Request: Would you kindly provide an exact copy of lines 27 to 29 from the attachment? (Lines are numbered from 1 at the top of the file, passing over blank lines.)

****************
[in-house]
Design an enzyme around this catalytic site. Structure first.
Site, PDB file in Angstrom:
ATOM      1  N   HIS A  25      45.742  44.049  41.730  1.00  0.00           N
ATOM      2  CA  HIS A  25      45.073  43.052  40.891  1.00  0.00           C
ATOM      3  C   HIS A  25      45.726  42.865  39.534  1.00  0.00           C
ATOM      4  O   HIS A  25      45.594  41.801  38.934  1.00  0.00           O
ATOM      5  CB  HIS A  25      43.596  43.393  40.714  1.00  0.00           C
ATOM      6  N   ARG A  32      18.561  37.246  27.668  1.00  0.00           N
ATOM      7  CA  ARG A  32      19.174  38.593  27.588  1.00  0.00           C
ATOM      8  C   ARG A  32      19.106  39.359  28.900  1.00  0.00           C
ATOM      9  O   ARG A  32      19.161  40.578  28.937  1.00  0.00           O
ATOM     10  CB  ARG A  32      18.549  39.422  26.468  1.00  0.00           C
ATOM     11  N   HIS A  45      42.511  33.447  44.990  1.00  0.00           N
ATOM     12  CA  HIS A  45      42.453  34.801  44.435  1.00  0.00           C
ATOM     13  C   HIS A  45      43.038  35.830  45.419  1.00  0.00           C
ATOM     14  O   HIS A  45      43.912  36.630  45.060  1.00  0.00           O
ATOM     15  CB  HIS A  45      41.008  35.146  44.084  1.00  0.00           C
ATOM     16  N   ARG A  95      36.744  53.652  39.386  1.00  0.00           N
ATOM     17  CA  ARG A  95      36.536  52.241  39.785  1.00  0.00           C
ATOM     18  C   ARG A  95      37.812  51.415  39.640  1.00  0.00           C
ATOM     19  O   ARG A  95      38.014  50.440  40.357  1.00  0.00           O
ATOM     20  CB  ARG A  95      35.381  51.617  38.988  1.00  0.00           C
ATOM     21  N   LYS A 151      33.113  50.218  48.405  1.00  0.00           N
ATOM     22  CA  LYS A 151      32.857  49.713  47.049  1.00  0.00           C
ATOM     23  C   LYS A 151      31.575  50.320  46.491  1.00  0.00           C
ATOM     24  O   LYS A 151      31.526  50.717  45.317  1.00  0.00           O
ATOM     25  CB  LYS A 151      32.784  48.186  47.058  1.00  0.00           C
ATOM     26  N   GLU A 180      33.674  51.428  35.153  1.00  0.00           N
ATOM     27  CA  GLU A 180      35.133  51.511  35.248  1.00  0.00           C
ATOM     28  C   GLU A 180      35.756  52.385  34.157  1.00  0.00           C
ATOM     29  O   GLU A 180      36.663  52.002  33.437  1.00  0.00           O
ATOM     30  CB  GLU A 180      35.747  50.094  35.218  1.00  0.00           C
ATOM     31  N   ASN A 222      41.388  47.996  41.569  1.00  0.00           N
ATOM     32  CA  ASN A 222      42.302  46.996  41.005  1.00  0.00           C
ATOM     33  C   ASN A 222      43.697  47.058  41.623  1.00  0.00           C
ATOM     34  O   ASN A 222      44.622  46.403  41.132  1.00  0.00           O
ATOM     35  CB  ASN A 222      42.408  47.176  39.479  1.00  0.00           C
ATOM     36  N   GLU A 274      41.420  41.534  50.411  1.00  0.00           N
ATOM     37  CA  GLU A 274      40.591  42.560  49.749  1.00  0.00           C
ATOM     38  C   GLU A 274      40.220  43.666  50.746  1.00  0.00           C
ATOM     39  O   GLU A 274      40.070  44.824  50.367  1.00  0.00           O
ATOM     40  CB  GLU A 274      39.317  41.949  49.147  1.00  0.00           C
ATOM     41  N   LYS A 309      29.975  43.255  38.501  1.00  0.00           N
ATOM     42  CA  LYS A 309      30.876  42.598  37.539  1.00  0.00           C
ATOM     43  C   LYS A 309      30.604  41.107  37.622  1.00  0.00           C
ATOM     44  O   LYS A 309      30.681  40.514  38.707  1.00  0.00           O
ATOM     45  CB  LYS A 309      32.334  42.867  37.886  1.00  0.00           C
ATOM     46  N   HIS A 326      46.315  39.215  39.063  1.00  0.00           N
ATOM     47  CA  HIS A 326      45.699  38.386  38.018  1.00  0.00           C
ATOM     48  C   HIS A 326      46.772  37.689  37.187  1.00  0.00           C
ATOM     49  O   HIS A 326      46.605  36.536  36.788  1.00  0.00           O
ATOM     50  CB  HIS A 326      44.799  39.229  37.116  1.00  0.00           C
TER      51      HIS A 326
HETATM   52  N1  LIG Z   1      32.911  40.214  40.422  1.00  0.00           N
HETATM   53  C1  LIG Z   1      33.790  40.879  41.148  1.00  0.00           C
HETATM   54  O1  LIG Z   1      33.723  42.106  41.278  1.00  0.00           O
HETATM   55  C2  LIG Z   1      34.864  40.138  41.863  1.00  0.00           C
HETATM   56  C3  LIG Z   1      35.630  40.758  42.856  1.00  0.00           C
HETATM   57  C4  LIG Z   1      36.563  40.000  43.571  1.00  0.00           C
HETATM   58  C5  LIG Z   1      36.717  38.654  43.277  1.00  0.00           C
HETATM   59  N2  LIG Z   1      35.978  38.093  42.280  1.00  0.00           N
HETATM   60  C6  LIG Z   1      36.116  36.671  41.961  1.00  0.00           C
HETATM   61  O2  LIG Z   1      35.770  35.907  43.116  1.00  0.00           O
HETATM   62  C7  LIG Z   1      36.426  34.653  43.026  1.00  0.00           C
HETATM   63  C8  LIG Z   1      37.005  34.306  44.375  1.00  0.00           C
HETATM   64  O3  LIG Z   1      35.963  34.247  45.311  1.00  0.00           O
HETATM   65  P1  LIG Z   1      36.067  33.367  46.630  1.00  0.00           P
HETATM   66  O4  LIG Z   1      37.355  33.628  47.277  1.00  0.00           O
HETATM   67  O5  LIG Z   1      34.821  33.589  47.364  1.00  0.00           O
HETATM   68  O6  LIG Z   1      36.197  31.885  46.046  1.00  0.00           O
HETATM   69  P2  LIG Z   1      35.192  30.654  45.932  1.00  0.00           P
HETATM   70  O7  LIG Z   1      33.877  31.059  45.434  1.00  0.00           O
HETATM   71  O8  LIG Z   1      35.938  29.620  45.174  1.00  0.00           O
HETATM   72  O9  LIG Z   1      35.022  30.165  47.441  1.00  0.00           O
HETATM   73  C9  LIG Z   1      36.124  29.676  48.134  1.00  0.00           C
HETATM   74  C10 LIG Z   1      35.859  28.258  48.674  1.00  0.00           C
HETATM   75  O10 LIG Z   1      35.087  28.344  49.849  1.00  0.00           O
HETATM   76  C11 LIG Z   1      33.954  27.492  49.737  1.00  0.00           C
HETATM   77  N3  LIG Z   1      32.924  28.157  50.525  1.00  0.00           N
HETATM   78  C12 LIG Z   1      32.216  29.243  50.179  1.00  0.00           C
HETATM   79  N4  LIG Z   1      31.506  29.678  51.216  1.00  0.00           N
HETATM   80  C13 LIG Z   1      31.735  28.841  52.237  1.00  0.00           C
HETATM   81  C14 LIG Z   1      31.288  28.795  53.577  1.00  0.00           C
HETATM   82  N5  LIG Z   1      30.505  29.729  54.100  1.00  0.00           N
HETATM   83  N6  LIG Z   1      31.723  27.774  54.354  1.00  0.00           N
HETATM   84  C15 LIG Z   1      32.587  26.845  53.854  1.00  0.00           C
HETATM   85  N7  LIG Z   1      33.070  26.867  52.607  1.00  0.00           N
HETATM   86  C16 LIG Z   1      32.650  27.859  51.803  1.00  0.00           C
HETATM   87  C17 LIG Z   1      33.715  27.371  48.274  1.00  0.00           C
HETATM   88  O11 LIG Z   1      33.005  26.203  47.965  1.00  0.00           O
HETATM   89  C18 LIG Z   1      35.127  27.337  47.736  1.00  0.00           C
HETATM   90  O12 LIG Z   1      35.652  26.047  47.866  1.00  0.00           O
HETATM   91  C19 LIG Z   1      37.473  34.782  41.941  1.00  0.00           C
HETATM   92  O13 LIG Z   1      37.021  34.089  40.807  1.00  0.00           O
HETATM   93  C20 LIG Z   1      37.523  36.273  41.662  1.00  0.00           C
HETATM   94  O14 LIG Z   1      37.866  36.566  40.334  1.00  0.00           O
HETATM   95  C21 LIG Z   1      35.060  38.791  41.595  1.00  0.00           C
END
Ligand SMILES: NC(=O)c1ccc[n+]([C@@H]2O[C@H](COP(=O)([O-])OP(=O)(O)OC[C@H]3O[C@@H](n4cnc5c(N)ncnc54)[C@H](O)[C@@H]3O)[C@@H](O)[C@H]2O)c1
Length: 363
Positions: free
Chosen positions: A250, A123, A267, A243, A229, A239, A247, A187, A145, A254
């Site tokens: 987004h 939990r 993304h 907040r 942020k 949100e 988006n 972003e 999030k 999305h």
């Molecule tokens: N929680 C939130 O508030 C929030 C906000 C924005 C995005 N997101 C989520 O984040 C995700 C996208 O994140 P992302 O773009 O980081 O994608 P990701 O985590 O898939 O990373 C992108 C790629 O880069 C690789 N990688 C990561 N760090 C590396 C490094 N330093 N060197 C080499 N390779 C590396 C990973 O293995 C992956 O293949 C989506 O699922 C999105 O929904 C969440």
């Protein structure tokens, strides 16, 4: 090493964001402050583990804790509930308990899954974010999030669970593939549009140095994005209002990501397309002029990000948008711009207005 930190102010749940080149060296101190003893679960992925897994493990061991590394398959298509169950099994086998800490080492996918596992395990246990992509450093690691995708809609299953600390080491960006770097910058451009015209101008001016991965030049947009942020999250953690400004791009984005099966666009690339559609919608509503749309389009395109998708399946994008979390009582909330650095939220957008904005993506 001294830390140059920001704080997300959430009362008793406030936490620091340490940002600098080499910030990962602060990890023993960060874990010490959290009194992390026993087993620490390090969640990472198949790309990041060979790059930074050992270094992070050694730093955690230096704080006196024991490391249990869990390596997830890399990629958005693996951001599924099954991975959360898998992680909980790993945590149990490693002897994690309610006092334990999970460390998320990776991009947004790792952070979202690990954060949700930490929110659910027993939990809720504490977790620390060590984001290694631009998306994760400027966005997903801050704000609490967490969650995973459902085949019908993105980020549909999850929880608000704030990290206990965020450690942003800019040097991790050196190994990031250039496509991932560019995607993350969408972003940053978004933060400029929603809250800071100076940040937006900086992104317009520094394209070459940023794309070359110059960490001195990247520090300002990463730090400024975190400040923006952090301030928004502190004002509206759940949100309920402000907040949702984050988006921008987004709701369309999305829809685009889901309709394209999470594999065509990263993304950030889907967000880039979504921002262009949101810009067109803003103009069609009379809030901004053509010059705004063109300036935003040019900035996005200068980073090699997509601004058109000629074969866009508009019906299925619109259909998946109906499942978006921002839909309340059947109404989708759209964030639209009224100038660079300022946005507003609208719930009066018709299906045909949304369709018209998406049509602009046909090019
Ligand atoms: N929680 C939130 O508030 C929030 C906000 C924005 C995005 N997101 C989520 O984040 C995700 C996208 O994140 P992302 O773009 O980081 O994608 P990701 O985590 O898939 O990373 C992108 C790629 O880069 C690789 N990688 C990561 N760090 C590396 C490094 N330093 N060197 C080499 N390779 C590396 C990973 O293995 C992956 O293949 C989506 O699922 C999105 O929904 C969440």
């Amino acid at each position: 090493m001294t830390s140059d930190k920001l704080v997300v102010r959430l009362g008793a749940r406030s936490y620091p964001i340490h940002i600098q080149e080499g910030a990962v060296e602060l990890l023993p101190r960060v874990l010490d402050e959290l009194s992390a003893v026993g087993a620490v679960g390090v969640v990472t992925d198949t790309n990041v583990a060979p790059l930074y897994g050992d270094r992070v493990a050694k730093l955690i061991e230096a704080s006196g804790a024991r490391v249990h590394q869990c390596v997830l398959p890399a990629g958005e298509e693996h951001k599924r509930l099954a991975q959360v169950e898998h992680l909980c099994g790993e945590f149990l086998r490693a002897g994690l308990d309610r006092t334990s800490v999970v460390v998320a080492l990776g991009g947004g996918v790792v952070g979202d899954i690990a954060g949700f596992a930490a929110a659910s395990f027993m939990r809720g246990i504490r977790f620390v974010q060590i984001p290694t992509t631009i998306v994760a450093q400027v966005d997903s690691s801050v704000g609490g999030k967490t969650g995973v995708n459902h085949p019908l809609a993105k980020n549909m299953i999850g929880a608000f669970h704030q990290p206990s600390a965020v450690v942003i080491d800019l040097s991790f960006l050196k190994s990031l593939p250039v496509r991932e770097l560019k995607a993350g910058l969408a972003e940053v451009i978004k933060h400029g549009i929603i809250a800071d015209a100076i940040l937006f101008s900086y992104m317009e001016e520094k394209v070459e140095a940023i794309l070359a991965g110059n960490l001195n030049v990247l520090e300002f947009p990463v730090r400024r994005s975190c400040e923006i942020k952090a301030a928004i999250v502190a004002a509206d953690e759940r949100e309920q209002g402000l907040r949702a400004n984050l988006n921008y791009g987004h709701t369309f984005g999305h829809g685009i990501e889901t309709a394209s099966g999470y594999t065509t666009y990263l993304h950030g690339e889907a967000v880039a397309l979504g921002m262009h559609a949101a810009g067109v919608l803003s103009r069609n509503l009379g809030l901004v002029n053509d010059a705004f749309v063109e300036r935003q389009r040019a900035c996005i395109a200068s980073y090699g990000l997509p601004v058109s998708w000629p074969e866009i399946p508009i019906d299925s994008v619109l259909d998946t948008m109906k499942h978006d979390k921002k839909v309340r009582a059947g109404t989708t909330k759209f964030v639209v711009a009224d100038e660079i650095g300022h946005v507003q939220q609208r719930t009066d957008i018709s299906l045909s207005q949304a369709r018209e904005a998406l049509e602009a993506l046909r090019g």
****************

ATOM     24  O   LYS A 151      31.526  50.717  45.317  1.00  0.00           O
ATOM     25  CB  LYS A 151      32.784  48.186  47.058  1.00  0.00           C
ATOM     26  N   GLU A 180      33.674  51.428  35.153  1.00  0.00           N